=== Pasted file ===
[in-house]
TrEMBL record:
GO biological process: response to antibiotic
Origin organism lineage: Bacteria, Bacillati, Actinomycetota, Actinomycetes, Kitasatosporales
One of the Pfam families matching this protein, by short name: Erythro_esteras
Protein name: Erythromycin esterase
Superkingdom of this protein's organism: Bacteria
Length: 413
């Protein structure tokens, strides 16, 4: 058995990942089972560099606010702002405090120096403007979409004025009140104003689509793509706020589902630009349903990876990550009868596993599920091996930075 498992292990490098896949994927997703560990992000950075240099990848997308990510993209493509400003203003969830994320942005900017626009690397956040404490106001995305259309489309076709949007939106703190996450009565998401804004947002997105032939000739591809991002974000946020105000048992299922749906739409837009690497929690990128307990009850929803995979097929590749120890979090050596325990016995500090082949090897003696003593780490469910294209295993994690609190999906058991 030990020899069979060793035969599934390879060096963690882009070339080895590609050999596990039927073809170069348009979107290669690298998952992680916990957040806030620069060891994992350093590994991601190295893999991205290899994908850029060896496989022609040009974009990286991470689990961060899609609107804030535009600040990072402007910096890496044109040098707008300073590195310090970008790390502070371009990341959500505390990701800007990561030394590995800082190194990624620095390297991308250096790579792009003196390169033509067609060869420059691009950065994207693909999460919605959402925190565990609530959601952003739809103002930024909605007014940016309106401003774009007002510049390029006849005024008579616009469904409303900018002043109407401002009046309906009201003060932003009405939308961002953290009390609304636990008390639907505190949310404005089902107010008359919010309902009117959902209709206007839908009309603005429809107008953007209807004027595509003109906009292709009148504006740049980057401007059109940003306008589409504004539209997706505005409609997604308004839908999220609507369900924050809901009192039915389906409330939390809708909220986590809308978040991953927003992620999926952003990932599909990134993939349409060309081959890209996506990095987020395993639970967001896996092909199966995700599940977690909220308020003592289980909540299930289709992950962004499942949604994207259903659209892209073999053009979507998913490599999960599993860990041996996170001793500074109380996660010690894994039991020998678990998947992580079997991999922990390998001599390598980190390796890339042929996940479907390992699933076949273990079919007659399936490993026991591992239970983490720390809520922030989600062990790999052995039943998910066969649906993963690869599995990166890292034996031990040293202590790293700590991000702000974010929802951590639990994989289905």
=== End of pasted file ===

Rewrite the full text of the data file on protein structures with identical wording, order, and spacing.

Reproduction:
[in-house]
TrEMBL record:
GO biological process: response to antibiotic
Origin organism lineage: Bacteria, Bacillati, Actinomycetota, Actinomycetes, Kitasatosporales
One of the Pfam families matching this protein, by short name: Erythro_esteras
Protein name: Erythromycin esterase
Superkingdom of this protein's organism: Bacteria
Length: 413
């Protein structure tokens, strides 16, 4: 058995990942089972560099606010702002405090120096403007979409004025009140104003689509793509706020589902630009349903990876990550009868596993599920091996930075 498992292990490098896949994927997703560990992000950075240099990848997308990510993209493509400003203003969830994320942005900017626009690397956040404490106001995305259309489309076709949007939106703190996450009565998401804004947002997105032939000739591809991002974000946020105000048992299922749906739409837009690497929690990128307990009850929803995979097929590749120890979090050596325990016995500090082949090897003696003593780490469910294209295993994690609190999906058991 030990020899069979060793035969599934390879060096963690882009070339080895590609050999596990039927073809170069348009979107290669690298998952992680916990957040806030620069060891994992350093590994991601190295893999991205290899994908850029060896496989022609040009974009990286991470689990961060899609609107804030535009600040990072402007910096890496044109040098707008300073590195310090970008790390502070371009990341959500505390990701800007990561030394590995800082190194990624620095390297991308250096790579792009003196390169033509067609060869420059691009950065994207693909999460919605959402925190565990609530959601952003739809103002930024909605007014940016309106401003774009007002510049390029006849005024008579616009469904409303900018002043109407401002009046309906009201003060932003009405939308961002953290009390609304636990008390639907505190949310404005089902107010008359919010309902009117959902209709206007839908009309603005429809107008953007209807004027595509003109906009292709009148504006740049980057401007059109940003306008589409504004539209997706505005409609997604308004839908999220609507369900924050809901009192039915389906409330939390809708909220986590809308978040991953927003992620999926952003990932599909990134993939349409060309081959890209996506990095987020395993639970967001896996092909199966995700599940977690909220308020003592289980909540299930289709992950962004499942949604994207259903659209892209073999053009979507998913490599999960599993860990041996996170001793500074109380996660010690894994039991020998678990998947992580079997991999922990390998001599390598980190390796890339042929996940479907390992699933076949273990079919007659399936490993026991591992239970983490720390809520922030989600062990790999052995039943998910066969649906993963690869599995990166890292034996031990040293202590790293700590991000702000974010929802951590639990994989289905």